Understanding Tornadoes And Their Relationship To Climate Change

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The U.S. saw powerful tornadoes sweep through parts of the middle of the country in 2021 with the violent winds particularly destructive.

In 2020, there were 1,050 tornadoes that killed 78 people and caused $4.4 billion in damage. In 2021, there were 1,256 tornadoes and 104 deaths with unspecified damage that is expected to reach $5 billion.

Much of the death toll came from December's deadliest on-record tornado, which wept through portions of the South and Ohio Valley that saw harsh damage in Western Kentucky.

Tornadoes hit all parts of the world in 2021, including Indonesia, Canada, Australia, Russia, and the Czech Republic.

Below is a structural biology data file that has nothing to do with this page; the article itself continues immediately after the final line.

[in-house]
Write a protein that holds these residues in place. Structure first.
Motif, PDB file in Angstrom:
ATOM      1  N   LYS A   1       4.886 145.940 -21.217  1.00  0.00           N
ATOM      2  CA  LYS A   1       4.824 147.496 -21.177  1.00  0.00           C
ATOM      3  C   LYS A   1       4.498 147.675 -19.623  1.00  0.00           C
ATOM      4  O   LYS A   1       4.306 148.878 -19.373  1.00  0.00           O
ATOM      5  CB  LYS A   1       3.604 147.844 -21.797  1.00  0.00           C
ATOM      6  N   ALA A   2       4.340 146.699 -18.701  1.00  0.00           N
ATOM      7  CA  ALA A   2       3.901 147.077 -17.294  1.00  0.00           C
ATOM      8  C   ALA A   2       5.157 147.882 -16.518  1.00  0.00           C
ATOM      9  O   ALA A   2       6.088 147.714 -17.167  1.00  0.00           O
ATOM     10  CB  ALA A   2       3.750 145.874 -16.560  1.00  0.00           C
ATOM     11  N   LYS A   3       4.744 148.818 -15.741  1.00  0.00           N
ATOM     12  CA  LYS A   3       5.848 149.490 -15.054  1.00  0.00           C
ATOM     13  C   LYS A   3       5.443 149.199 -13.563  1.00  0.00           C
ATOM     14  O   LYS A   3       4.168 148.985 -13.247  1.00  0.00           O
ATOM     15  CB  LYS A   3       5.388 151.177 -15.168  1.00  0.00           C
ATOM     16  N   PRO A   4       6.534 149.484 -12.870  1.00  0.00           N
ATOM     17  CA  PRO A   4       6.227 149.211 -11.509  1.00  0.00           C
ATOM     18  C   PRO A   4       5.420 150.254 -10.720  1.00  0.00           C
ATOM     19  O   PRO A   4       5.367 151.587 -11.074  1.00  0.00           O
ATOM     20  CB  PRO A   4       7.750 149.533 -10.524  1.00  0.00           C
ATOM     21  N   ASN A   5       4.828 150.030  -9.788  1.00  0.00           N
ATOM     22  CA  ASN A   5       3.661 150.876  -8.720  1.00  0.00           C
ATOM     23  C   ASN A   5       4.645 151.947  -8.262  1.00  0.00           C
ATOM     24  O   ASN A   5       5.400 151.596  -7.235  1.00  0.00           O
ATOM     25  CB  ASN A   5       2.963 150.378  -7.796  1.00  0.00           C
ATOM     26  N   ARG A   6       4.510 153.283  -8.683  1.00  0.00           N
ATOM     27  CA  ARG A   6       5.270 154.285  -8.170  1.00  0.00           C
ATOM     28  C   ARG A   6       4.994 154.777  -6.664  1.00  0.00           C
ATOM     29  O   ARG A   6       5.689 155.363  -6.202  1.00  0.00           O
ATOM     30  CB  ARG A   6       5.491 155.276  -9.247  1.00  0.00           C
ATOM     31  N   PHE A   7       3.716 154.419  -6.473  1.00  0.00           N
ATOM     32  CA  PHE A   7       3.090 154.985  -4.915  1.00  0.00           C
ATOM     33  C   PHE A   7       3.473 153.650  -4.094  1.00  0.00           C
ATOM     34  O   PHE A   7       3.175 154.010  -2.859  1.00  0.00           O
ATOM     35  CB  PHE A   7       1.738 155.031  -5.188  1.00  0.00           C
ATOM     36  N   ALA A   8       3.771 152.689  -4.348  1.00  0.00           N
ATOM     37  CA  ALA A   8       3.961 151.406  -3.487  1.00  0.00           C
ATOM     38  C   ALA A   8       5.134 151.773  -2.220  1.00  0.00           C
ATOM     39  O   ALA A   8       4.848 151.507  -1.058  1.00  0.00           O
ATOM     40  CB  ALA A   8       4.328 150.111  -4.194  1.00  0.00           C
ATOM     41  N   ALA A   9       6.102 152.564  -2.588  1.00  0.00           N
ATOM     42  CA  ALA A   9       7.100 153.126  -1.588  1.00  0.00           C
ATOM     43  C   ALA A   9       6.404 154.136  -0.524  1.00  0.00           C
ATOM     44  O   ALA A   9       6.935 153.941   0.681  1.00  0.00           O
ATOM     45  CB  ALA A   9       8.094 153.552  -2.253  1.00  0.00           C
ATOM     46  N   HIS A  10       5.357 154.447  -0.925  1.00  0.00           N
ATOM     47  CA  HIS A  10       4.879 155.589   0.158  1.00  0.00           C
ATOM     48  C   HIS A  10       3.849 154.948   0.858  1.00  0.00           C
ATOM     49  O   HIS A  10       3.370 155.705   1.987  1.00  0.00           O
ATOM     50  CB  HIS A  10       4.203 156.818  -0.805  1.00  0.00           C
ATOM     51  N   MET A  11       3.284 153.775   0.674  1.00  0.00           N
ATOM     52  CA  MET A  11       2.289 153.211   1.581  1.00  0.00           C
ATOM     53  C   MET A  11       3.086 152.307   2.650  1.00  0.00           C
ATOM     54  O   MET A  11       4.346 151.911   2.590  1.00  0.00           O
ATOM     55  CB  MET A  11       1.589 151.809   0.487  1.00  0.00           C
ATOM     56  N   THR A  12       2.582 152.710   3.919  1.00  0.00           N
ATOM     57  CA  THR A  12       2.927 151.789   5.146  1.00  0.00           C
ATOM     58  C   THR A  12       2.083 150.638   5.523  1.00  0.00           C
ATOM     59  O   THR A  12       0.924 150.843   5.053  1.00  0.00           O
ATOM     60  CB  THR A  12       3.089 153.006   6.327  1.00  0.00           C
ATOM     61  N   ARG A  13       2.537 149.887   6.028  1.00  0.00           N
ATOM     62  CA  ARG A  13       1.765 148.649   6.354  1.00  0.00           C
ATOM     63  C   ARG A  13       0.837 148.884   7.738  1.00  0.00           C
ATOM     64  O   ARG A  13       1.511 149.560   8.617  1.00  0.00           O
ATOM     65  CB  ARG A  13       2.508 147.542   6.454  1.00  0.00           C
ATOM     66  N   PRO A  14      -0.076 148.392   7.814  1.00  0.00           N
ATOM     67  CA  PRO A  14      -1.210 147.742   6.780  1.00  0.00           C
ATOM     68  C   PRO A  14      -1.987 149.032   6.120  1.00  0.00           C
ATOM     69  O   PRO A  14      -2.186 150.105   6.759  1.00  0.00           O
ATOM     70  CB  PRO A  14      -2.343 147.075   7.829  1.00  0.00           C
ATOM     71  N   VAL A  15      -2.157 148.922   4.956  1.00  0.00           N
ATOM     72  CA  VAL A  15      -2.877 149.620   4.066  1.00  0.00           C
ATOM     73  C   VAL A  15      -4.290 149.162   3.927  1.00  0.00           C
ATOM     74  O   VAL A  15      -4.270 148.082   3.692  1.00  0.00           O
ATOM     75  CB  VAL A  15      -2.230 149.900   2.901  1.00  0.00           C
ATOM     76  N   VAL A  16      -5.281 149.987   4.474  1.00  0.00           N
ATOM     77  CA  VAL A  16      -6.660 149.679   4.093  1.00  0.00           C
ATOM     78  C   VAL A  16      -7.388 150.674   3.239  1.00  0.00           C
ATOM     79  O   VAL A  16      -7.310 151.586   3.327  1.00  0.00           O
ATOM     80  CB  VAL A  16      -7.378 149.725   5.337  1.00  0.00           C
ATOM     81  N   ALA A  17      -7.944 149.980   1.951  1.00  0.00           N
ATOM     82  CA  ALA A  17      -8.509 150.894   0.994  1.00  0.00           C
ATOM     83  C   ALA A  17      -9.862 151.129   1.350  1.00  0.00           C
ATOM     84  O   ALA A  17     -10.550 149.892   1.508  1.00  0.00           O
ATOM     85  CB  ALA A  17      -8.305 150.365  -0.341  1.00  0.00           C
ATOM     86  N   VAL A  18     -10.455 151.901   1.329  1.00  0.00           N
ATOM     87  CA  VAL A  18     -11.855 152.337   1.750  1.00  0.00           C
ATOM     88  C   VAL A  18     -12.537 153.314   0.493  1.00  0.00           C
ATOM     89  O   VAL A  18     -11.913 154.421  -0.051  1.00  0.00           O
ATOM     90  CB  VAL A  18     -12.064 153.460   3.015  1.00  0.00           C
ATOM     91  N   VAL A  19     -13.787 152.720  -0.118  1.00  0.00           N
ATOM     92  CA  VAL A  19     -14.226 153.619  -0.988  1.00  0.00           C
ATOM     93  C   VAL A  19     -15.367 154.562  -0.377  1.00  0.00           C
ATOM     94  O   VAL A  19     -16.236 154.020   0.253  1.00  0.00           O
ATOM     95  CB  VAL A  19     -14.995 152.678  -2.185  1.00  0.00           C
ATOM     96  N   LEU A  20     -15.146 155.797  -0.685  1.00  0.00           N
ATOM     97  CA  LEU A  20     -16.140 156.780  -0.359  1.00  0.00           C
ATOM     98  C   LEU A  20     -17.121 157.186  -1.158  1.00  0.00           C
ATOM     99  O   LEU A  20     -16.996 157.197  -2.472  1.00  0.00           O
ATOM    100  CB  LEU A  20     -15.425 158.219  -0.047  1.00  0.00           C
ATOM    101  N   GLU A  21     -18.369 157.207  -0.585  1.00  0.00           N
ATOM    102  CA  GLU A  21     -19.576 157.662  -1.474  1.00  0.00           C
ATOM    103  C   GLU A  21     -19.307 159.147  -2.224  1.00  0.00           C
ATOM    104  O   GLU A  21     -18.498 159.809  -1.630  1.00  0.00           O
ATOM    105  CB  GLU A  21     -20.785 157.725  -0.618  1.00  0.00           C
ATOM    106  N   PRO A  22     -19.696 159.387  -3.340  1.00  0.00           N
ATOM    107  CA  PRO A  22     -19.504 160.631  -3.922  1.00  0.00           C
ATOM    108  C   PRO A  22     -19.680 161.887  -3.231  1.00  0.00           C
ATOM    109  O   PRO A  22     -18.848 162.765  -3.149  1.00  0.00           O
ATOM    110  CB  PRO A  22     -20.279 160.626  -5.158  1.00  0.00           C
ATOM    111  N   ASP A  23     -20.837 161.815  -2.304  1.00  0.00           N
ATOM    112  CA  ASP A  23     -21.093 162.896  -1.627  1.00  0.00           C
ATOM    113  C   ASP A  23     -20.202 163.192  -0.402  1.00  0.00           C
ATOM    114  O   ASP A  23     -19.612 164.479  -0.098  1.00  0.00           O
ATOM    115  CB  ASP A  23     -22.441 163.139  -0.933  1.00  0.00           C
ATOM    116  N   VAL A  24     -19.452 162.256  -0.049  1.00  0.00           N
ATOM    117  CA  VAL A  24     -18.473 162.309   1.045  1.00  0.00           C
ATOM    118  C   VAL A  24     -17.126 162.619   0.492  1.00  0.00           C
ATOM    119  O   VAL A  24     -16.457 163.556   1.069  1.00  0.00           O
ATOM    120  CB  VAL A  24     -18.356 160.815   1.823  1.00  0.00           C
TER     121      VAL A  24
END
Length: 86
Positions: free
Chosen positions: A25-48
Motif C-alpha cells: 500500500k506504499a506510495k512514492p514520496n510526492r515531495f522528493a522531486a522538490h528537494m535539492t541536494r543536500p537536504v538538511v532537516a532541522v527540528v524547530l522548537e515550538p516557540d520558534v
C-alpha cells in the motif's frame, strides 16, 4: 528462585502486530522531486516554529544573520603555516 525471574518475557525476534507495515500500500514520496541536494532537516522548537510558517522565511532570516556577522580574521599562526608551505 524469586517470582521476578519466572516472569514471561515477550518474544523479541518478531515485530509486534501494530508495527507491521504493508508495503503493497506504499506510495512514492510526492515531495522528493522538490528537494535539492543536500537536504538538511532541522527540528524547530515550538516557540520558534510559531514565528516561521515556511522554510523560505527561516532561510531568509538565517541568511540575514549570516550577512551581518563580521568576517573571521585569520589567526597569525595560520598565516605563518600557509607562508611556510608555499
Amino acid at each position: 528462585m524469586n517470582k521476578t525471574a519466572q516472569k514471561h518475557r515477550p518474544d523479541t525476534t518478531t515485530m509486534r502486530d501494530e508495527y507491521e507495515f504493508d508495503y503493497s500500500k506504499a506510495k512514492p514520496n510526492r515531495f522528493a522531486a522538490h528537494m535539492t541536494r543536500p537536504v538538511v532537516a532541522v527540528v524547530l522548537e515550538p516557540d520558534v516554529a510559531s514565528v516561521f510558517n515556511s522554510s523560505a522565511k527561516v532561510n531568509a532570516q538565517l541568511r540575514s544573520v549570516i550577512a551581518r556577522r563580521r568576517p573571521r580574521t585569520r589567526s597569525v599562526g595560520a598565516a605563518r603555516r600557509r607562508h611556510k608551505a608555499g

Tornadoes form when a thunderstorm has a particular combination of winds and are usually accompanied by different severe weather patterns such as strong winds and hail.

The effects of climate change may not have a direct relationship with tornadoes. In a report on Dec. 13, National Geographic pointed out that "unlike heat waves and floods, the link between a warming world and tornadoes is complicated and inconclusive."

But climate change may have a strong indirect impact.

"Climate change may be involved in some noteworthy recent shifts in the location and seasonal timing of the tornado threat," Colorado-based meteorologist and journalist Bob Henson wrote in July for Yale Climate Connections.

Henson cited a 2016 study that found "an increasing number of each year’s tornadoes are occurring in outbreaks," which are classified as a period "of one to several days with at least six closely spaced EF1+ tornadoes."

In a New York Times report on Dec. 15, tornado expert James B. Eisner noted that "What is causing these changes in tornado behavior is still unclear, but global warming is probably playing a role through changes to the environments that support supercell clusters."

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